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Using a counselling procedure to manage your employee's poor performance? Here are four tips to help you get the most from it

by , 02 March 2015
A counselling procedure is the final performance management step. You follow it before you move into a formal discipline phase.

You should set up sessions to meet with your employee to discuss his poor performance and how to correct it.

During these sessions, you tell your employee what's wrong with his performance. Help him identify ways to improve. And set timeframes for him to improve in.

So how can you make sure the counselling procedure is beneficial for you and your employee? After all, you both want to solve the problem quickly and get on with your jobs.

Here are four tips you can use to get the most from the counselling procedure.

Get the most from your counselling procedure with these four tips

Tip 1: Keep the session professional but friendly and stay on track
The Labour Law for Managers Loose Leaf Service says, 'start the counselling session by welcoming your employee and thanking him for coming to the meeting.'
Let him know that you're positive and together, you'll be able to sort out the issues you'll discuss. Tell him you're here to support him through the process. Then describe the problem and be as specific as possible.
Use your notes to point out acceptable performance levels and show him exactly where he isn't meeting your standards. Refer to the evidence you have to help him see there's a problem.
Make him understand that his current level of performance isn't acceptable. Explain that if the situation doesn't improve, the company may have to consider parting ways with him. That's why you need his full co-operation efforts to fix the problem.
The important thing here is to make sure the discussion is strictly about poor performance and not your employee's attitude.
The focus must be to find causes of the poor performance problem and to work toward solutions. It isn't to place blame.
When your employee sees you want to resolve a problem and not blame him, he'll be more co-operative.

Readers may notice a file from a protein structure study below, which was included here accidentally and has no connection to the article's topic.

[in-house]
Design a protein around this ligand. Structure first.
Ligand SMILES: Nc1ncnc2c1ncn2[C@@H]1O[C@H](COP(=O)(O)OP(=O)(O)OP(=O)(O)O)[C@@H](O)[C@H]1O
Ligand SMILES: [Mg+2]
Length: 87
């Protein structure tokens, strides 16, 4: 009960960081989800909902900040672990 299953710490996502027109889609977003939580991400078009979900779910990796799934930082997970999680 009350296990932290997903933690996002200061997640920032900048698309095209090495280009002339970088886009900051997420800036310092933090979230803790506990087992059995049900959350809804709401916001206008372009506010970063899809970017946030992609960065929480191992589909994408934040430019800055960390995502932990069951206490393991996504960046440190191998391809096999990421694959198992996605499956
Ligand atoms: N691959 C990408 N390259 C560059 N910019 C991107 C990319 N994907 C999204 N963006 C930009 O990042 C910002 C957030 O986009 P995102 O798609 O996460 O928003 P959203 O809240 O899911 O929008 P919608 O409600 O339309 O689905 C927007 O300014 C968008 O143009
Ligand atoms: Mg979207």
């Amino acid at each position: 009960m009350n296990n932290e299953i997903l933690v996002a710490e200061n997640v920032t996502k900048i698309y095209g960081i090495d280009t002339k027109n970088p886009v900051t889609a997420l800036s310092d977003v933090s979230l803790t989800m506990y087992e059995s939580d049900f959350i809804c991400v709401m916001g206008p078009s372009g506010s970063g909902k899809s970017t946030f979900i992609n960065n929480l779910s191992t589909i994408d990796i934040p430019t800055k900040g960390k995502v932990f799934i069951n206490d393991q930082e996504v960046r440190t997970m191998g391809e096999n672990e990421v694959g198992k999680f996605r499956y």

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The next logical step is to get rid of him and get someone who can do the job. But watch out, that could cost you BIG at the CCMA!
So what can you LEGALLY do?
Tip 2: Control your emotions
Don't lose your temper or show frustration. This reduces the effectiveness of the counselling session.
What's more, difficult employees will take advantage of knowing which buttons to push to get you upset. Keep your cool and keep restating the problem.
Tip 3: Know how to handle employee reactions
Not only do you need to keep your emotions in check, you need to handle your employees' emotions too.
When you force your employee to look at the evidence of his poor performance, he may feel:
  • Threatened by the thought of losing his job;
  • A loss in his self-esteem;
  • Anger or defiance and the need to lash out; and
  • Depressed and despondent.
Move your employee beyond these emotions. Focus on causes and solutions. Don't harp on about the problems.
This brings us to the final tip…
Tip 4: Be supportive
Tell your employee you're here to support him.
But how?
Show your support by:
  • Acknowledging his negative feelings and redirect his focus to fixing the problem;
  • Recognising any improvement or success, no matter how small;
  • Acknowledging that mistakes will happen. But encourage him to fix them himself; and
  • Acknowledging his compliance and the fact that he's changed his performance as agreed.
There you have it: With these four tips you'll get the most from the counselling procedure you use to manage your employee's poor performance.
PS: For more information on performance management, check out the Labour Law for Managers Loose Leaf Service.

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